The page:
Wednesday, March 23, 2011


After the Kyrie, the next piece of music in the liturgy is the Gloria.  Some hard core liturgists out there might be shocked to learn that we are even singing the Gloria during Lent.  During this pentitential season, it's usually omitted from the worship rubric because of its celebratory nature.

Personally, I think the flexibility of the worship service to aid our faith is more important than any such "rules" laid down over the years.  There comes a point when we have to ask if a rule is being upheld simply to honor tradition or to enhance the worship experience.  I recognize that the problem inherent in such a standard is that people can disagree over it, but I hope that people will understand the edifying purpose of the deviation as we journey through the liturgy.

The text of the Gloria is not drawn explicitly from the Gospel of Luke, but clearly it is based on the message of the angels in the Christmas story.  It echoes the call for peace in the Kyrie in its opening lines, and it follows a tripartite structure that foreshadows the Credo to come.  In other words, the Gloria marks a turning point in the service; in the simplified liturgical order it is the point where we move from Gather to Word, with the lessons immediately following.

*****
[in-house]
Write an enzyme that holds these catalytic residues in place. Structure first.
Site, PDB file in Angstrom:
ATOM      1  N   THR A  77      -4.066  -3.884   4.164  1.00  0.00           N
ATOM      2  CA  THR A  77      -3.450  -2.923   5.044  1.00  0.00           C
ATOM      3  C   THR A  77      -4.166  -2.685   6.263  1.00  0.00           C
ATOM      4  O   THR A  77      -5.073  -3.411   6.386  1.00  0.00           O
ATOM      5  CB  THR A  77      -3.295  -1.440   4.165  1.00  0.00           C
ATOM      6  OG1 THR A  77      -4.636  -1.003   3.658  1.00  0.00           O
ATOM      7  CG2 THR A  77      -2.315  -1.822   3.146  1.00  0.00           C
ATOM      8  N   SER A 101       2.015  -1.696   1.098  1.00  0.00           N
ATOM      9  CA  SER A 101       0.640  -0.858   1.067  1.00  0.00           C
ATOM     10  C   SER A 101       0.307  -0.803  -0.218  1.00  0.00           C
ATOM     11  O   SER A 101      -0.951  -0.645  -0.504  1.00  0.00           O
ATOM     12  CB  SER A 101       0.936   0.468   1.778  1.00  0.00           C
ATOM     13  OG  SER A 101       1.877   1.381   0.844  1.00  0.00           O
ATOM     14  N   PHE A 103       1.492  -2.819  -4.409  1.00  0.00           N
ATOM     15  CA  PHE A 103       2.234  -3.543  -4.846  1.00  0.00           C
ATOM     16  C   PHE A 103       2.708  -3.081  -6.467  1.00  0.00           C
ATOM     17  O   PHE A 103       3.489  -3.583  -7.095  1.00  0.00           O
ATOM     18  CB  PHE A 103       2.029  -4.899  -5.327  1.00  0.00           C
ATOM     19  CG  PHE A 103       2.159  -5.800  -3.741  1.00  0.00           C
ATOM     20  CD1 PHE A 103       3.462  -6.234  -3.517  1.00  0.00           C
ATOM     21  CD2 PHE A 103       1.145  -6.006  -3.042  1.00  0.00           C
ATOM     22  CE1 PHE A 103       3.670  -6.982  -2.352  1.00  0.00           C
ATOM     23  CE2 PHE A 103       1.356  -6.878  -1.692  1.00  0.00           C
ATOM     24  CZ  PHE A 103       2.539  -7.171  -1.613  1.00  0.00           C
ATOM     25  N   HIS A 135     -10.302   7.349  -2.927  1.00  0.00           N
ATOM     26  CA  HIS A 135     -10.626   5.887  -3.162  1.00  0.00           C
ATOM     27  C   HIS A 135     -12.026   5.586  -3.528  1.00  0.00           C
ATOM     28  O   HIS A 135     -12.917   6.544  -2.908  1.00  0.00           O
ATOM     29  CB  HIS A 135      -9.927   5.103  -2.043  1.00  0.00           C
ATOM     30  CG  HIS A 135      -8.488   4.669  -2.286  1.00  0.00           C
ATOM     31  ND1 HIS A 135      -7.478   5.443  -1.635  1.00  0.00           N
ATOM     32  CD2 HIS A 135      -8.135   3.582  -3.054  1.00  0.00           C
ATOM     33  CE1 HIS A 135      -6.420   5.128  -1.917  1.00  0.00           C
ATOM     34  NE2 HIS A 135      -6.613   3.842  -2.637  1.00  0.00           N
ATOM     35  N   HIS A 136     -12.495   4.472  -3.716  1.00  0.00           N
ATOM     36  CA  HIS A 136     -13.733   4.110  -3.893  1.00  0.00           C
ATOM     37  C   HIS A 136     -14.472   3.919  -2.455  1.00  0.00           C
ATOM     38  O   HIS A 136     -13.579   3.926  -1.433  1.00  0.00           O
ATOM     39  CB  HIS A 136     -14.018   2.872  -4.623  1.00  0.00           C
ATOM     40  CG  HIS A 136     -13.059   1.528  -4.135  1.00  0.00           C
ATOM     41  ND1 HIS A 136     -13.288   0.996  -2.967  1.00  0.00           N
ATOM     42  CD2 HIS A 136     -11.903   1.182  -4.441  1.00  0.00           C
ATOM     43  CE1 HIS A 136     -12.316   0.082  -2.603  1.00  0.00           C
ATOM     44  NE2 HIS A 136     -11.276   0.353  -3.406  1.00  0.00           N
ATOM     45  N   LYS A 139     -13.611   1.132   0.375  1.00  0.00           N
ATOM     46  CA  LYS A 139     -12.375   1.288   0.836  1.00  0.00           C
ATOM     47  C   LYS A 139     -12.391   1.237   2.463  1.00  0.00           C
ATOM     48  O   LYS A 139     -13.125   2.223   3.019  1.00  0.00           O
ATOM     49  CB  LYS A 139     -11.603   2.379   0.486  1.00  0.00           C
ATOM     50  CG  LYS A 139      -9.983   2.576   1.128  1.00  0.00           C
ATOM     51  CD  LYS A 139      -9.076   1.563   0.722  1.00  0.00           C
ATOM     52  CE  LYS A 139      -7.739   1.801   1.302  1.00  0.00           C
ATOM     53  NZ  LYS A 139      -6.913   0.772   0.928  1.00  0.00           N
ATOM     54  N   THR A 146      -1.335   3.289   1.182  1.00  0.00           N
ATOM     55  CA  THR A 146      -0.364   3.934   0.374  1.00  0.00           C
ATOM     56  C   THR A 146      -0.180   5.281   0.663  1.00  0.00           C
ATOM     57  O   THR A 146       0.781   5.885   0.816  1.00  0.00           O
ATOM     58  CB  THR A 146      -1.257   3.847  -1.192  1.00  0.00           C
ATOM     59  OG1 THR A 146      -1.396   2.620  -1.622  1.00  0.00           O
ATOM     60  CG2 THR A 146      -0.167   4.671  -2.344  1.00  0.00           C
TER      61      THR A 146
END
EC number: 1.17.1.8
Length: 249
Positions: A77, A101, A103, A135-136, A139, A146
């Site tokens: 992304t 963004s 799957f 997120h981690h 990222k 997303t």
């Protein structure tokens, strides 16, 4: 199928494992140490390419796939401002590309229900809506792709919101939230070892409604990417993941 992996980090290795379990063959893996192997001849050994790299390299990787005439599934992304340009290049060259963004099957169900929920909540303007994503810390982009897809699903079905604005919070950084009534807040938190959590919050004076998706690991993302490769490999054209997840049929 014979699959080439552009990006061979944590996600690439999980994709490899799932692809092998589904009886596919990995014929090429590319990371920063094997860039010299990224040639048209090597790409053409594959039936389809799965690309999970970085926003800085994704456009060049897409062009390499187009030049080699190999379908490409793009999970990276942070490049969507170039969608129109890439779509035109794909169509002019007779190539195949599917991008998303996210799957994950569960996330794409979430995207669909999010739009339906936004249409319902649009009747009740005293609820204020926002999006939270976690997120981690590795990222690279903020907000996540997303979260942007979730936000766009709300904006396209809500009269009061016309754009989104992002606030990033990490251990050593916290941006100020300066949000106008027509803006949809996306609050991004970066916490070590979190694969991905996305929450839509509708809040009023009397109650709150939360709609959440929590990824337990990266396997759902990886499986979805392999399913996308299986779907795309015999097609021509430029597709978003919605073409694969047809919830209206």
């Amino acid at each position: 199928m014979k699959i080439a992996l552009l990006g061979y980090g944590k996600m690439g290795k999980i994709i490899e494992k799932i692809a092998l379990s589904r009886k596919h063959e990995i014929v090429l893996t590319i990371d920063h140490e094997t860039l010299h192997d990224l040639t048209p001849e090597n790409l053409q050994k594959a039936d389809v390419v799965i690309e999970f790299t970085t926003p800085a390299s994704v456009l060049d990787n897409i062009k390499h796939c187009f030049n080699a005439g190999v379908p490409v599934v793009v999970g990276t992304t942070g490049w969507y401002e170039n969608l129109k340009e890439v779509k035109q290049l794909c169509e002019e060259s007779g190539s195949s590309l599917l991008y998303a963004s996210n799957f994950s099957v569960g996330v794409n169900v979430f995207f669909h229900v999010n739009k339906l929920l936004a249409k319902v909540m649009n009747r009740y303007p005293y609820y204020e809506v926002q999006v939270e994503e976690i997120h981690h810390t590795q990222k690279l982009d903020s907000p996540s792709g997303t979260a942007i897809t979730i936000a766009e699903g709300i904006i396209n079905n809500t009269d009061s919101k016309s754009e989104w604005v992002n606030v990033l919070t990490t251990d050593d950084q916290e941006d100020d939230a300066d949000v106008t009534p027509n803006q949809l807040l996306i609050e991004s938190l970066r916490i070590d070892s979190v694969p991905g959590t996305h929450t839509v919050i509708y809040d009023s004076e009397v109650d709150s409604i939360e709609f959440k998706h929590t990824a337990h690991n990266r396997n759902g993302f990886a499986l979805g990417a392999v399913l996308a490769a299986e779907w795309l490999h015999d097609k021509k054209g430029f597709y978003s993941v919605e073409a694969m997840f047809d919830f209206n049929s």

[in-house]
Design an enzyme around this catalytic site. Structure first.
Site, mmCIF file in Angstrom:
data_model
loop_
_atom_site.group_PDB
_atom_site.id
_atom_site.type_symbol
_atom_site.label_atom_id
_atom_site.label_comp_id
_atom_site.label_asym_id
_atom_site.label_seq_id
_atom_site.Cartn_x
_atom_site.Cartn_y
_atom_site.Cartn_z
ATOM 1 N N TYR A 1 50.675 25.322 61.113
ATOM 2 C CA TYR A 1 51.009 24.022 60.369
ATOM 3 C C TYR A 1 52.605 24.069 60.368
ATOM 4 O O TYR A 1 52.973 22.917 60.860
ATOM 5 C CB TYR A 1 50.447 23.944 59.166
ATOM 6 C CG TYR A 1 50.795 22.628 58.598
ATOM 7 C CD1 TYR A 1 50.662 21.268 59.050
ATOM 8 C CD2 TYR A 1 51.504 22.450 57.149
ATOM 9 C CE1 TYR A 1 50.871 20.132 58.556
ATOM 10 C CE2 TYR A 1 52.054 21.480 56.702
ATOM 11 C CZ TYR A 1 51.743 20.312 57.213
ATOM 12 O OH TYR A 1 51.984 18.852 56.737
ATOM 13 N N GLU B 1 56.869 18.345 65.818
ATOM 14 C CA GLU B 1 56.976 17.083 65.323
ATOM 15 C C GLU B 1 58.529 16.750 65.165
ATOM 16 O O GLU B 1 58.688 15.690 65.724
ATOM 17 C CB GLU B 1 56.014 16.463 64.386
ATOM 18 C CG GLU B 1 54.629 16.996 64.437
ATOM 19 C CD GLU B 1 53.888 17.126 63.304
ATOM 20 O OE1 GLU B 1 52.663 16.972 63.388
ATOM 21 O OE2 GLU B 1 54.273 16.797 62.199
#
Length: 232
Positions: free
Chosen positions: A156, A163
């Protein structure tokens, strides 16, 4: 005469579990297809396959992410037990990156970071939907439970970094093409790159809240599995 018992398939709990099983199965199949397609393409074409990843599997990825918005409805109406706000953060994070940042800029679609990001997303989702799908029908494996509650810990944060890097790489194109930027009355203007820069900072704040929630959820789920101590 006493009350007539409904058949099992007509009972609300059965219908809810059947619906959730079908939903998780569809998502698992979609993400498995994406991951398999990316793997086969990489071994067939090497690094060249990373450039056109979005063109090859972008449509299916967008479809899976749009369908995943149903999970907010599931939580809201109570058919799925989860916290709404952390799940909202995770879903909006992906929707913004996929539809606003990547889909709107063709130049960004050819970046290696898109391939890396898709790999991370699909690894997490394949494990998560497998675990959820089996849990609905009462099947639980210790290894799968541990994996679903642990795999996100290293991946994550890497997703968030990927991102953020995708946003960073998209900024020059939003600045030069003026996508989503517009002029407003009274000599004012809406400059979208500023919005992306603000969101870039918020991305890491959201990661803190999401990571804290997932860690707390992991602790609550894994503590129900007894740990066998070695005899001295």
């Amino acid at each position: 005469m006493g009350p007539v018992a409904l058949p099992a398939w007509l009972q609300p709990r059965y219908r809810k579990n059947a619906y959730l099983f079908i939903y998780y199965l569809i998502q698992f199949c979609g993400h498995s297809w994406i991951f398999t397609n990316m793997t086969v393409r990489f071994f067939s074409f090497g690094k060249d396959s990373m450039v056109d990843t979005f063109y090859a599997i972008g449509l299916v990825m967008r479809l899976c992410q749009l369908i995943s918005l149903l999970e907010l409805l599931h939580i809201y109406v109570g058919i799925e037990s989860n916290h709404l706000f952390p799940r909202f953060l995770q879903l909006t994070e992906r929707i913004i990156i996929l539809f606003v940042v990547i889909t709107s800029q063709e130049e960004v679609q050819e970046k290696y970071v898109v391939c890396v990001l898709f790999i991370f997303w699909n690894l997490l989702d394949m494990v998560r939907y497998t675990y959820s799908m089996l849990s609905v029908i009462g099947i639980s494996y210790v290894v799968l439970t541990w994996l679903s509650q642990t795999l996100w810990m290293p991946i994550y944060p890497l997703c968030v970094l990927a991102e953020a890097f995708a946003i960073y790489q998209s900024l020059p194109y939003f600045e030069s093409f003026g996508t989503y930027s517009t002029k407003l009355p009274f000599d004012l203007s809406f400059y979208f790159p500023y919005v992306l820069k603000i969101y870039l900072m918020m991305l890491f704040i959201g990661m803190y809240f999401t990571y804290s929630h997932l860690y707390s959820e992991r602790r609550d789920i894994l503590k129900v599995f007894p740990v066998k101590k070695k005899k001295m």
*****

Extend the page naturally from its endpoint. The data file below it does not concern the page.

At worship tonight, we'll sing the Gloria as a congregation and David will sing a solo based on several classical sources that he has arranged especially for tonight.  Also, I'd like to mention breifly my Wednesday night preludes during Lent. I've been playing slow movements from Haydn's piano sonatas and will do so for the remainder of the season.  I often do a Lenten series of some sort.  (You might recall that last year I played various selections from Bach's Well Tempered Clavier.)  It creates a sense of continuity and sets aside the season as different from the regular church year, and to be perfectly honest it also helps my planning by quickly filling six slots in a busy season!

1 comment:

  1. Wish I was there! That is a very beautiful picture which speaks a thousand words.